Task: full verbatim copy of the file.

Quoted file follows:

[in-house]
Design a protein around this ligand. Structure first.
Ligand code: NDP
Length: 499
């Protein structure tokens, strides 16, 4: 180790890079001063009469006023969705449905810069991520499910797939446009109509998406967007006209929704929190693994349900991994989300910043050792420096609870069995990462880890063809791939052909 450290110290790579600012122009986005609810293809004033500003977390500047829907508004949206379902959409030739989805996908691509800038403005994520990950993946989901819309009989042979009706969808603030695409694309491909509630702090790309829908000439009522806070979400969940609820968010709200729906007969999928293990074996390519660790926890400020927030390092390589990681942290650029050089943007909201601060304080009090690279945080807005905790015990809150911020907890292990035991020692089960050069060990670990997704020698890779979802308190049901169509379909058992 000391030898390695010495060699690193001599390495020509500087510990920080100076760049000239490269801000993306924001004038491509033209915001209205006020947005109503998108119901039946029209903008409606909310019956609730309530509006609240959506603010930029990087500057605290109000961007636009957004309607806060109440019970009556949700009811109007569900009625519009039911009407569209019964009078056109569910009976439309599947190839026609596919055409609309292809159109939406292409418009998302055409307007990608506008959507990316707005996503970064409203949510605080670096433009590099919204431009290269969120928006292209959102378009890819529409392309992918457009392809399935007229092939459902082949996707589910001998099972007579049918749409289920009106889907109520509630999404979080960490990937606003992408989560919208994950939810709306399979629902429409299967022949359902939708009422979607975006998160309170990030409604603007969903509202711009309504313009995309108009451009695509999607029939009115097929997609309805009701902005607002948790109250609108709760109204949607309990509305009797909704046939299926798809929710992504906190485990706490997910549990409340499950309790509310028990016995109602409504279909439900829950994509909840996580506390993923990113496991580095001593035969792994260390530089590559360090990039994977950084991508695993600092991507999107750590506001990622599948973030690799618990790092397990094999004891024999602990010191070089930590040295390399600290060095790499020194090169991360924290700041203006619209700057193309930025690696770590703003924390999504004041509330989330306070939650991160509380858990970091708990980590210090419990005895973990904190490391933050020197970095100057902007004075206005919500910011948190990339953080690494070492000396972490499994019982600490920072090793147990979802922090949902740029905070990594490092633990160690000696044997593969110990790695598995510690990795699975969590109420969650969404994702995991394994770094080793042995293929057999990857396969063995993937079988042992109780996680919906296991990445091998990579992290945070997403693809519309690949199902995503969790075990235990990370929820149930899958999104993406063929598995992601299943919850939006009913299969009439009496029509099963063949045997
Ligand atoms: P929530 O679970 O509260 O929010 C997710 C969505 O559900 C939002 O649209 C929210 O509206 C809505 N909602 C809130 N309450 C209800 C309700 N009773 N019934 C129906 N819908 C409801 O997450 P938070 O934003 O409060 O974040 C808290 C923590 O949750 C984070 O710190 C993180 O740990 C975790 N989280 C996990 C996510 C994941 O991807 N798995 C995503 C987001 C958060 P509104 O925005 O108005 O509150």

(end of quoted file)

[in-house]
Design a protein around this ligand. Structure first.
Ligand code: NDP
Length: 499
């Protein structure tokens, strides 16, 4: 180790890079001063009469006023969705449905810069991520499910797939446009109509998406967007006209929704929190693994349900991994989300910043050792420096609870069995990462880890063809791939052909 450290110290790579600012122009986005609810293809004033500003977390500047829907508004949206379902959409030739989805996908691509800038403005994520990950993946989901819309009989042979009706969808603030695409694309491909509630702090790309829908000439009522806070979400969940609820968010709200729906007969999928293990074996390519660790926890400020927030390092390589990681942290650029050089943007909201601060304080009090690279945080807005905790015990809150911020907890292990035991020692089960050069060990670990997704020698890779979802308190049901169509379909058992 000391030898390695010495060699690193001599390495020509500087510990920080100076760049000239490269801000993306924001004038491509033209915001209205006020947005109503998108119901039946029209903008409606909310019956609730309530509006609240959506603010930029990087500057605290109000961007636009957004309607806060109440019970009556949700009811109007569900009625519009039911009407569209019964009078056109569910009976439309599947190839026609596919055409609309292809159109939406292409418009998302055409307007990608506008959507990316707005996503970064409203949510605080670096433009590099919204431009290269969120928006292209959102378009890819529409392309992918457009392809399935007229092939459902082949996707589910001998099972007579049918749409289920009106889907109520509630999404979080960490990937606003992408989560919208994950939810709306399979629902429409299967022949359902939708009422979607975006998160309170990030409604603007969903509202711009309504313009995309108009451009695509999607029939009115097929997609309805009701902005607002948790109250609108709760109204949607309990509305009797909704046939299926798809929710992504906190485990706490997910549990409340499950309790509310028990016995109602409504279909439900829950994509909840996580506390993923990113496991580095001593035969792994260390530089590559360090990039994977950084991508695993600092991507999107750590506001990622599948973030690799618990790092397990094999004891024999602990010191070089930590040295390399600290060095790499020194090169991360924290700041203006619209700057193309930025690696770590703003924390999504004041509330989330306070939650991160509380858990970091708990980590210090419990005895973990904190490391933050020197970095100057902007004075206005919500910011948190990339953080690494070492000396972490499994019982600490920072090793147990979802922090949902740029905070990594490092633990160690000696044997593969110990790695598995510690990795699975969590109420969650969404994702995991394994770094080793042995293929057999990857396969063995993937079988042992109780996680919906296991990445091998990579992290945070997403693809519309690949199902995503969790075990235990990370929820149930899958999104993406063929598995992601299943919850939006009913299969009439009496029509099963063949045997
Ligand atoms: P929530 O679970 O509260 O929010 C997710 C969505 O559900 C939002 O649209 C929210 O509206 C809505 N909602 C809130 N309450 C209800 C309700 N009773 N019934 C129906 N819908 C409801 O997450 P938070 O934003 O409060 O974040 C808290 C923590 O949750 C984070 O710190 C993180 O740990 C975790 N989280 C996990 C996510 C994941 O991807 N798995 C995503 C987001 C958060 P509104 O925005 O108005 O509150």